The players’ union and MLB are expected to announce they have agreed, in 2020, to:

Roster expansion by one to 26, including a maximum 13 pitchers, in the regular and postseasons. After Aug. 31, rosters may grow to as many as 28, with a maximum of 14 pitchers. Previously, September rosters were allowed 40 players. The larger roster creates 30 major league jobs.

Increasing the injured list and option-recall duration for pitchers from 10 to 15 days.

The shortening of between-inning breaks at Major League Baseball’s discretion.

Extra innings of the All-Star Game would begin with a runner at second base.

Three-batter rule has been rejected, and confirmation that the pitch clock won’t be coming in 2019 or 2020.

It seems to me that most of these decisions, either of rules to change or rules not changed, are terrible- what say you?


Friday, March 01, 2019

Potential MLB, MLBPA rule changes could impact Giants at some point

SCOTTSDALE, Ariz. — For weeks there have been rumors that MLB and the MLB Players Association could come to an agreement on new rules, but that hasn’t been at the forefront of conversations in the Giants clubhouse.

When asked about the possibility of changes, several veteran players have pointed out that the real issue right now is the slowdown in free agency and service time manipulation, not a universal DH or a pitch clock.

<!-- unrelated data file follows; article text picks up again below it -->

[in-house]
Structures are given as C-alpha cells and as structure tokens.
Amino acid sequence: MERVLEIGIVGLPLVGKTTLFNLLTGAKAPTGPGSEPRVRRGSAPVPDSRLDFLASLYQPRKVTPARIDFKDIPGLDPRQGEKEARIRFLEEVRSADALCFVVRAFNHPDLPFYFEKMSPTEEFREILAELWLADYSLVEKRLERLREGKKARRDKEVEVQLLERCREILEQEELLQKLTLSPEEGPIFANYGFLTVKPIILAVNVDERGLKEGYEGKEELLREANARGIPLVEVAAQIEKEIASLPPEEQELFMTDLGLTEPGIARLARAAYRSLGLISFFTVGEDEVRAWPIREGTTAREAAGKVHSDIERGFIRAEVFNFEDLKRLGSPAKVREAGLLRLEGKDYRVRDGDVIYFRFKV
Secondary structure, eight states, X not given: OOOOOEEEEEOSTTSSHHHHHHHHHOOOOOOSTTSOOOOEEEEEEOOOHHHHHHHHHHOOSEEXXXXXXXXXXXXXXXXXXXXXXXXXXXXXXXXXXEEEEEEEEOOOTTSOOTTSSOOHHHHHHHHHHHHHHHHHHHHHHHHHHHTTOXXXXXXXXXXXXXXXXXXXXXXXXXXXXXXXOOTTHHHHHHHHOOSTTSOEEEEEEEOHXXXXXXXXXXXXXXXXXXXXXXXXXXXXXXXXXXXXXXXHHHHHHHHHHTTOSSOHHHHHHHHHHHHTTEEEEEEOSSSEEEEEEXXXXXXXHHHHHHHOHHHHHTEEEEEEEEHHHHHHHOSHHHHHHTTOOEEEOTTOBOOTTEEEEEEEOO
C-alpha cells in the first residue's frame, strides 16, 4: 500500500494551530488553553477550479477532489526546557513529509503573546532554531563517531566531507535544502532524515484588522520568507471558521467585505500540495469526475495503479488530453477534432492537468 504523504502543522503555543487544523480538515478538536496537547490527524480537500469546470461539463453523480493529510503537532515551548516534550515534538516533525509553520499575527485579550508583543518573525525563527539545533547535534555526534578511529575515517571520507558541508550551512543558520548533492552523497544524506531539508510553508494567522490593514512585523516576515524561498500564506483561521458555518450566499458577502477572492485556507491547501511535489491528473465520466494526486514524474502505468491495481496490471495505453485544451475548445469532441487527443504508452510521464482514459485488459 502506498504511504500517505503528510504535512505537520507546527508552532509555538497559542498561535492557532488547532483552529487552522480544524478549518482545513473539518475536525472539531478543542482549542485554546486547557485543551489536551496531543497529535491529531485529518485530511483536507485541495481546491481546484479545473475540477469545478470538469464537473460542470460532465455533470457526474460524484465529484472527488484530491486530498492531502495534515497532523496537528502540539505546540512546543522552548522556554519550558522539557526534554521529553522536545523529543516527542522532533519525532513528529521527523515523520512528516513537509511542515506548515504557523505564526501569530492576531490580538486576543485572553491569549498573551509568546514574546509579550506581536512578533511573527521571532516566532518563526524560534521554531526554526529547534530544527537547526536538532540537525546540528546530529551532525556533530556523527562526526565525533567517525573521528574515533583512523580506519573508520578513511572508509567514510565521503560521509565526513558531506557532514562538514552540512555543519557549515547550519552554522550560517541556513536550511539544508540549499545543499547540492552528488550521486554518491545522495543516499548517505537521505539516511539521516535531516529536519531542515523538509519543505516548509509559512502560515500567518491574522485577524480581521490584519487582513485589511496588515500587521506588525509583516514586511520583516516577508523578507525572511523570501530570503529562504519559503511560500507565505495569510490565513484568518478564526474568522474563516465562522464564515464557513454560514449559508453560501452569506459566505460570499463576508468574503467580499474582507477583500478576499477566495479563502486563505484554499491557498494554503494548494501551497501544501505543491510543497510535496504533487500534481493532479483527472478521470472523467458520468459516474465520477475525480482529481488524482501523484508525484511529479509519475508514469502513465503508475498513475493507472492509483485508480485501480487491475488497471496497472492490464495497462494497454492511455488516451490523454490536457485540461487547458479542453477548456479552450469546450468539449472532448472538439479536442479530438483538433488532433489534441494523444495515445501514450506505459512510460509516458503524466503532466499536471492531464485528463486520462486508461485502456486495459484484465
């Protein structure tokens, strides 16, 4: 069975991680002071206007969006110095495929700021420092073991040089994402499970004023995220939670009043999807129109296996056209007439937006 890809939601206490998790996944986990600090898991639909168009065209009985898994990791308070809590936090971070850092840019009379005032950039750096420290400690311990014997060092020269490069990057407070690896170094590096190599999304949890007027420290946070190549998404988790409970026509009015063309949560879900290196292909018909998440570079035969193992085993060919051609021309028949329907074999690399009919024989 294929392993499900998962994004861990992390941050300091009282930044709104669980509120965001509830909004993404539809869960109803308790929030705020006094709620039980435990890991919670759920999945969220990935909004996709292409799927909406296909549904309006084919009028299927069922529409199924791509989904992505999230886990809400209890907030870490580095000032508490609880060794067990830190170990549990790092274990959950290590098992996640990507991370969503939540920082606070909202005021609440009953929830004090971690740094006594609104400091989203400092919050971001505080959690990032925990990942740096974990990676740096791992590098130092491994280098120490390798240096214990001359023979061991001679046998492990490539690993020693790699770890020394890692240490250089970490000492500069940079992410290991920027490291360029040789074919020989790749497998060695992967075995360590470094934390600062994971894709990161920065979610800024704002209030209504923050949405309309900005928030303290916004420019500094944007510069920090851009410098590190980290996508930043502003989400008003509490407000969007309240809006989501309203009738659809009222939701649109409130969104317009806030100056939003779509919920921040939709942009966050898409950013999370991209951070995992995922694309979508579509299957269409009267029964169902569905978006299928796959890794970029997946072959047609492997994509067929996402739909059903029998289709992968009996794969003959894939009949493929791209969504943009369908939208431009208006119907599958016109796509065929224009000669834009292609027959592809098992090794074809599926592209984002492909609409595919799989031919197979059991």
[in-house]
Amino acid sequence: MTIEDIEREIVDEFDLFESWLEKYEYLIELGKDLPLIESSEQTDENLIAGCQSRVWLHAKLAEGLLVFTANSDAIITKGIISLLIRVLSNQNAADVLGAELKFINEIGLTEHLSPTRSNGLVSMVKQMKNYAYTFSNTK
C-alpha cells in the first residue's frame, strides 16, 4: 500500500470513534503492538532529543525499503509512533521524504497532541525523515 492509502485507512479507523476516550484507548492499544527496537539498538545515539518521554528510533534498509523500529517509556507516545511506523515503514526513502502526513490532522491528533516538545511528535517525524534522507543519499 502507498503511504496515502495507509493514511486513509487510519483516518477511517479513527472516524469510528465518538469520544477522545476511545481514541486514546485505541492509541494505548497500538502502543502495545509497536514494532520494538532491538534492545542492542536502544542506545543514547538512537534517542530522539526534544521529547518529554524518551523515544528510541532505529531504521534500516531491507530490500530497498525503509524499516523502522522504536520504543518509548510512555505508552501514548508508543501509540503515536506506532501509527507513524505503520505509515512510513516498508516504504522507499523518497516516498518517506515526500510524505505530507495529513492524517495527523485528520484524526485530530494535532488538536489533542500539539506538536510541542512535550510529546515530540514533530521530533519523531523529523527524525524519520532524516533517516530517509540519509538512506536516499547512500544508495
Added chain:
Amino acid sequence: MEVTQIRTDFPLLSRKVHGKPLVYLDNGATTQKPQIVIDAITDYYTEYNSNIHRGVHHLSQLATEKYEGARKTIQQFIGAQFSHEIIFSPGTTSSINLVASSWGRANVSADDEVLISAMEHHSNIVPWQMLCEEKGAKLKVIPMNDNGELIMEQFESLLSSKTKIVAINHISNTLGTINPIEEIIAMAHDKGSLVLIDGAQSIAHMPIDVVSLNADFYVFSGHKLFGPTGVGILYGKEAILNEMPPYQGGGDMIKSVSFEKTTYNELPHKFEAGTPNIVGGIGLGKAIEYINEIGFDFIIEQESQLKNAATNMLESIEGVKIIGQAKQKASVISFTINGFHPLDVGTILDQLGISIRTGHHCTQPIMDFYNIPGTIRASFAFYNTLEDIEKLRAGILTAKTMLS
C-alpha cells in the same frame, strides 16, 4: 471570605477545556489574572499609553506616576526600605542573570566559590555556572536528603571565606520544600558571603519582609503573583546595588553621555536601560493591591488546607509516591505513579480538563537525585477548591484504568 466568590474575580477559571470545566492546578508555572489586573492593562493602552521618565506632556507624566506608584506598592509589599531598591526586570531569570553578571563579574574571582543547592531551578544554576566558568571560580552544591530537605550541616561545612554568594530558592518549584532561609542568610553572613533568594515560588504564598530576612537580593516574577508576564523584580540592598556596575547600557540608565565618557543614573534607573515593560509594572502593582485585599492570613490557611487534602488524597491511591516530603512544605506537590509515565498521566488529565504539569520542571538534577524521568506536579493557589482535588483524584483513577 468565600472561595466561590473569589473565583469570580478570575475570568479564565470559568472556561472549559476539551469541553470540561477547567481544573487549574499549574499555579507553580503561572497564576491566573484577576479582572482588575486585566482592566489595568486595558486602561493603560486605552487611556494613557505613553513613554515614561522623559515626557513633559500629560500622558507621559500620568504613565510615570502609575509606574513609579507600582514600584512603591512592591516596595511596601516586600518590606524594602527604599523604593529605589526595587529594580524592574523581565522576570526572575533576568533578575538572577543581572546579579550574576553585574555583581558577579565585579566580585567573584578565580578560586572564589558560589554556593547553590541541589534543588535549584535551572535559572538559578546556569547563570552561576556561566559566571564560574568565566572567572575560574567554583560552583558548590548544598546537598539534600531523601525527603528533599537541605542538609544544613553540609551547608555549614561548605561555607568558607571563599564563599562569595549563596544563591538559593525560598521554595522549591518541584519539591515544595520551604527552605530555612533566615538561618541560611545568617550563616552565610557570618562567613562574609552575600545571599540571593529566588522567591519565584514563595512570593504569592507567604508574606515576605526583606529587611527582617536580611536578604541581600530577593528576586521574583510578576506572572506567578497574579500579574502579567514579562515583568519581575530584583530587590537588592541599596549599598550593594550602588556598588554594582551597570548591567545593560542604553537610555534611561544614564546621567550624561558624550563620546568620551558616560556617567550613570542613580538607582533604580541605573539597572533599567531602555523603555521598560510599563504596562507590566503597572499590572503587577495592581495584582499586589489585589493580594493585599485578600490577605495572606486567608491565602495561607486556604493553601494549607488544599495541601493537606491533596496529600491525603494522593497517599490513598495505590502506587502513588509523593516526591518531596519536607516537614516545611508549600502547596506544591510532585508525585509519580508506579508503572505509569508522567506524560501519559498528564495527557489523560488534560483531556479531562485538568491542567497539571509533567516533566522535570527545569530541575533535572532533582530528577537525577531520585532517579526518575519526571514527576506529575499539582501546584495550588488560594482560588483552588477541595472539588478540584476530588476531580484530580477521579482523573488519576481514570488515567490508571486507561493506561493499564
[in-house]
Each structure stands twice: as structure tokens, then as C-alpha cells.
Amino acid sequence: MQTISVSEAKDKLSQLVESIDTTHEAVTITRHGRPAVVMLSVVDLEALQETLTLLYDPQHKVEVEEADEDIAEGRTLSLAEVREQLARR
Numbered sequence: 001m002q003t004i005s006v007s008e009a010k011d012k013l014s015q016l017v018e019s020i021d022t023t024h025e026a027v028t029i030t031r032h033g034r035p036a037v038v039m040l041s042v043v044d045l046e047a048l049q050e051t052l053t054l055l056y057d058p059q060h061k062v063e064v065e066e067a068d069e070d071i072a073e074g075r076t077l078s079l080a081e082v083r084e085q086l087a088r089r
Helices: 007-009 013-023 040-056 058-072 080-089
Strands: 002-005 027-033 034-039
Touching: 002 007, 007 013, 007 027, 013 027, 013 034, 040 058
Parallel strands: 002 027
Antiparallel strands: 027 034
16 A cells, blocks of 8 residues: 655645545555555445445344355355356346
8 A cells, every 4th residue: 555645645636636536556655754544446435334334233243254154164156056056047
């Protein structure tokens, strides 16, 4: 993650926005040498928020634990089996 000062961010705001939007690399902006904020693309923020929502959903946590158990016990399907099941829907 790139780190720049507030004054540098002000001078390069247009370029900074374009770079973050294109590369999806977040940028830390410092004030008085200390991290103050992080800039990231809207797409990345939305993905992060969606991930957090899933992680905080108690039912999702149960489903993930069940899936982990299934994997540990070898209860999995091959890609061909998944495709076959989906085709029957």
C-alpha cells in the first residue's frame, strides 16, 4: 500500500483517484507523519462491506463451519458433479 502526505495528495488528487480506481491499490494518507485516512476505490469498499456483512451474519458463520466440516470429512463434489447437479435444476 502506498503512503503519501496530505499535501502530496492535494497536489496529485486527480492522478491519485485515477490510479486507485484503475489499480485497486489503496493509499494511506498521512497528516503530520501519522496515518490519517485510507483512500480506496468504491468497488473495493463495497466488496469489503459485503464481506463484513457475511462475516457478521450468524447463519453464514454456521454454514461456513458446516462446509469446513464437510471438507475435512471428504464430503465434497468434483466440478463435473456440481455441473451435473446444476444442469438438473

“Some of these rules seem pretty insignificant to me considering the bigger picture,” Buster Posey said earlier this month.

A discussion of rule changes being considered- of note as a summary of those apparently under active consideration.


Thursday, February 28, 2019

Rob Manfred still thinks other factors contributed to rise in homers

In 2017, analysts began asking questions about the rise in home runs across baseball. Two studies were published — one by Ben Lindbergh and Mitchell Lichtman for The Ringer, and another by Rob Arthur for FiveThirtyEight — with each concluding that baseballs seem to have been altered at some point around the middle of the 2015 season.

Commissioner Rob Manfred was disingenuous speaking about the issue, releasing a statement in July 2017 and then speaking about it to the press during the postseason in October that year. Manfred reiterated that the baseball wasn’t changed, then disingenuously claimed players, fans, and analysts were being distracted by Game 2 of the World Series, which saw the Astros and Dodgers combine to hit eight home runs. Then-Astros pitcher Dallas Keuchel said the next day, “Obviously, the balls are juiced. I think they’re juiced 100 percent.” Keuchel joined fellow pitchers Justin Verlander, David Price, Brad Ziegler, Jerry Blevins, and Chris Archer among those to have spoken publicly about feeling a difference with the baseball.

MLB commissioned its own study — published on May 24, 2018 — on the rise of homers across the league. The executive summary concluded that the rise in home runs is attributable to “a decrease in the ball’s drag properties, which cause it to carry further than previously, given the same set of initial conditions—exit velocity, launch and spray angle, and spin.” Manfred acknowledged the study, saying, “I thank the committee for all of its hard work on this important issue. Based on the results of their study, I am accepting their recommendations immediately and look forward to their continued guidance in this area.”

Of course, wait just a few minutes, and Manfred will change his mind again.

QLE Posted: February 28, 2019 at 07:44 AM | 1 comment(s)
  Beats: baseballs, homers, manfred is thinking about it, rob manfred